Japanese Prime Minister Fumio Kishida arrived in Kyiv for a surprise visit Tuesday, hours after Chinese President Xi Jinping arrived in neighboring Russia on a three-day trip. Moscow’s invasion of Ukraine will be in the spotlight at both meetings.
Footage shown on Japanese national broadcaster NHK showed Kishida walking on the platform of Kyiv Central Station, escorted by a few people who appeared to be Ukrainian officials. The Ukrainian capital has not felt the brunt of the war, which has become bogged down eastern Ukraine.
It was uncertain whether either of the Asian leaders’ visits to Kyiv and Moscow would change the course of the almost 13-month war in Ukraine, but the talks about 800 kilometers (500 miles) apart highlighted the war’s repercussions for international diplomacy as countries line up behind rival parties.
The meetings came after a week in which China and Japan both enjoyed diplomatic successes that have emboldened their foreign policy.
Kishida, who is to chair the Group of Seven summit in May, will meet President Volodymyr Zelenskyy in the Ukrainian capital, coinciding with Xi’s talks with President Vladimir Putin in Moscow.
Other details of Kishida’s visit were kept under wraps, though he was also due in Poland to meet with President Andrzej Duda before returning to Tokyo on Thursday morning.
Kishida will “show respect to the courage and patience of the Ukrainian people who are standing up to defend their homeland under President Zelenskyy’s leadership, and show solidarity and unwavering support for Ukraine as head of Japan and chairman of G-7,” during his visit to Ukraine, the Japanese Foreign Ministry said in announcing his trip to Kyiv.
At the talks, Kishida will show his “absolute rejection of Russia’s one-sided change to the status quo by invasion and force, and to affirm his commitment to defend the rules-based international order,” the ministry’s statement said.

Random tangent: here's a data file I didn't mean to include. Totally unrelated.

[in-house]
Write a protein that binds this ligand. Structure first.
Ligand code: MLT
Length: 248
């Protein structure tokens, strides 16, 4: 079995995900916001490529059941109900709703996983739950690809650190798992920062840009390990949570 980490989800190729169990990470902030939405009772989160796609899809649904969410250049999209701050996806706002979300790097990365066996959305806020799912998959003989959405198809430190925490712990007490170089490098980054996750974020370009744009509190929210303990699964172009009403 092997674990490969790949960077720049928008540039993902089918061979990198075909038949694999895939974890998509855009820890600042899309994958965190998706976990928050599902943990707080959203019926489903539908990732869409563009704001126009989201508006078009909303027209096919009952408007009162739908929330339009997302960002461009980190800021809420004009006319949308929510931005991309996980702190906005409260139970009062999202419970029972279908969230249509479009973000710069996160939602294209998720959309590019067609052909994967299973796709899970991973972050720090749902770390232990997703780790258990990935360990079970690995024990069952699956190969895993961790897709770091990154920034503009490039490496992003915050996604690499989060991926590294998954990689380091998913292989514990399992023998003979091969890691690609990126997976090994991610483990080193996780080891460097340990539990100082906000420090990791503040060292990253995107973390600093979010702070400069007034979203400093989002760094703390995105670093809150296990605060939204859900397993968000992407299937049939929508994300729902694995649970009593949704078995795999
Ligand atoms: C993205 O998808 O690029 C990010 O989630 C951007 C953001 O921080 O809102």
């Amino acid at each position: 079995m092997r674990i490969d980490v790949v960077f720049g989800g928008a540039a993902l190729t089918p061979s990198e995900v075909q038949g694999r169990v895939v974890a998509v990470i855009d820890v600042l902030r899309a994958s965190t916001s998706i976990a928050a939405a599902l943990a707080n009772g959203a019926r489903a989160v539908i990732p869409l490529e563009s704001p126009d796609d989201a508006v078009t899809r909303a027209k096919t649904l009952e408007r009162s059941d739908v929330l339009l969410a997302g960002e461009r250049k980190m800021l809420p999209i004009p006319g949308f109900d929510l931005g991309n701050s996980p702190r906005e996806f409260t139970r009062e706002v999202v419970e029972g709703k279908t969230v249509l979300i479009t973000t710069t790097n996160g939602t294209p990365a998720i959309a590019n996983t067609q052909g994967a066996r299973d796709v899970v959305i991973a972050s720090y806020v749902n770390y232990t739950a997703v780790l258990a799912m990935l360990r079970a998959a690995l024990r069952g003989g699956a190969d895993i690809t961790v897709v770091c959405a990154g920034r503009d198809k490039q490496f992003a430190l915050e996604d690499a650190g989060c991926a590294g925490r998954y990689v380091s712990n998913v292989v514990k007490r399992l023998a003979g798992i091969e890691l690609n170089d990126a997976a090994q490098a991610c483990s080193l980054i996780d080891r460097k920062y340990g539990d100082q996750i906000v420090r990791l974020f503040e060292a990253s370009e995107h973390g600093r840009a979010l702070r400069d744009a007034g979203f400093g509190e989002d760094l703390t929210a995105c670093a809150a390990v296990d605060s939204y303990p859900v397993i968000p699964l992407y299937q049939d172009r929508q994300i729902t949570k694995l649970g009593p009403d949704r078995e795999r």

Putin warmly welcomed Xi to the Kremlin on Monday, starting a three-day visit the two major powers described as an opportunity to deepen their “no-limits friendship.”
At a meeting with Russian Prime Minister Mikhail Mishustin on Tuesday, Xi said that he invited Putin to visit China at some point this year to attend a top-level meeting of China’s One Belt, One Road regional initiative, which seeks to extend Beijing’s influence through economic cooperation projects.
The invitation comes days after the International Criminal Court issued an arrest warrant for Putin, staining his international reputation. Neither Russia nor China recognize the court’s jurisdiction. Nor do the United States or Ukraine.
Moscow and Beijing have both weathered international condemnation of their human rights record. The Chinese government has been widely condemned for alleged atrocities against Uighur Muslims in its far western Xinjiang region. The allegations include genocide, forced sterilization and the mass detention of nearly 1 million Uighurs. Beijing has denied the allegations.
( Source AP)